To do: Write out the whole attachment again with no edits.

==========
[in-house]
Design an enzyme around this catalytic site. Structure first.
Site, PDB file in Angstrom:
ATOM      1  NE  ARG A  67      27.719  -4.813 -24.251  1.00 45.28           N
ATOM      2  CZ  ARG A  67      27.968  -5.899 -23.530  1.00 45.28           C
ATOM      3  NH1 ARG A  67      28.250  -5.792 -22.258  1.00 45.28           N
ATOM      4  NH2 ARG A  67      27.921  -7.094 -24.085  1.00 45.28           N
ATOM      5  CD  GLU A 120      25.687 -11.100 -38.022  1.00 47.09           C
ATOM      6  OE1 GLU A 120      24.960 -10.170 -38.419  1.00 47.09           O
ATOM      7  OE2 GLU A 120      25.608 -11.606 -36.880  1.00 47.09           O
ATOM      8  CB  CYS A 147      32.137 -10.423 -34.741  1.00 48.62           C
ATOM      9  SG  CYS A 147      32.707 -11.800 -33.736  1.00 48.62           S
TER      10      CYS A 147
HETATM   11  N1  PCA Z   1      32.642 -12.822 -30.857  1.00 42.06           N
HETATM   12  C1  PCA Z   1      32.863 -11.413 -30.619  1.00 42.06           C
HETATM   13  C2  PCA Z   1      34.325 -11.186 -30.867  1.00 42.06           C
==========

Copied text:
[in-house]
Design an enzyme around this catalytic site. Structure first.
Site, PDB file in Angstrom:
ATOM      1  NE  ARG A  67      27.719  -4.813 -24.251  1.00 45.28           N
ATOM      2  CZ  ARG A  67      27.968  -5.899 -23.530  1.00 45.28           C
ATOM      3  NH1 ARG A  67      28.250  -5.792 -22.258  1.00 45.28           N
ATOM      4  NH2 ARG A  67      27.921  -7.094 -24.085  1.00 45.28           N
ATOM      5  CD  GLU A 120      25.687 -11.100 -38.022  1.00 47.09           C
ATOM      6  OE1 GLU A 120      24.960 -10.170 -38.419  1.00 47.09           O
ATOM      7  OE2 GLU A 120      25.608 -11.606 -36.880  1.00 47.09           O
ATOM      8  CB  CYS A 147      32.137 -10.423 -34.741  1.00 48.62           C
ATOM      9  SG  CYS A 147      32.707 -11.800 -33.736  1.00 48.62           S
TER      10      CYS A 147
HETATM   11  N1  PCA Z   1      32.642 -12.822 -30.857  1.00 42.06           N
HETATM   12  C1  PCA Z   1      32.863 -11.413 -30.619  1.00 42.06           C
HETATM   13  C2  PCA Z   1      34.325 -11.186 -30.867  1.00 42.06           C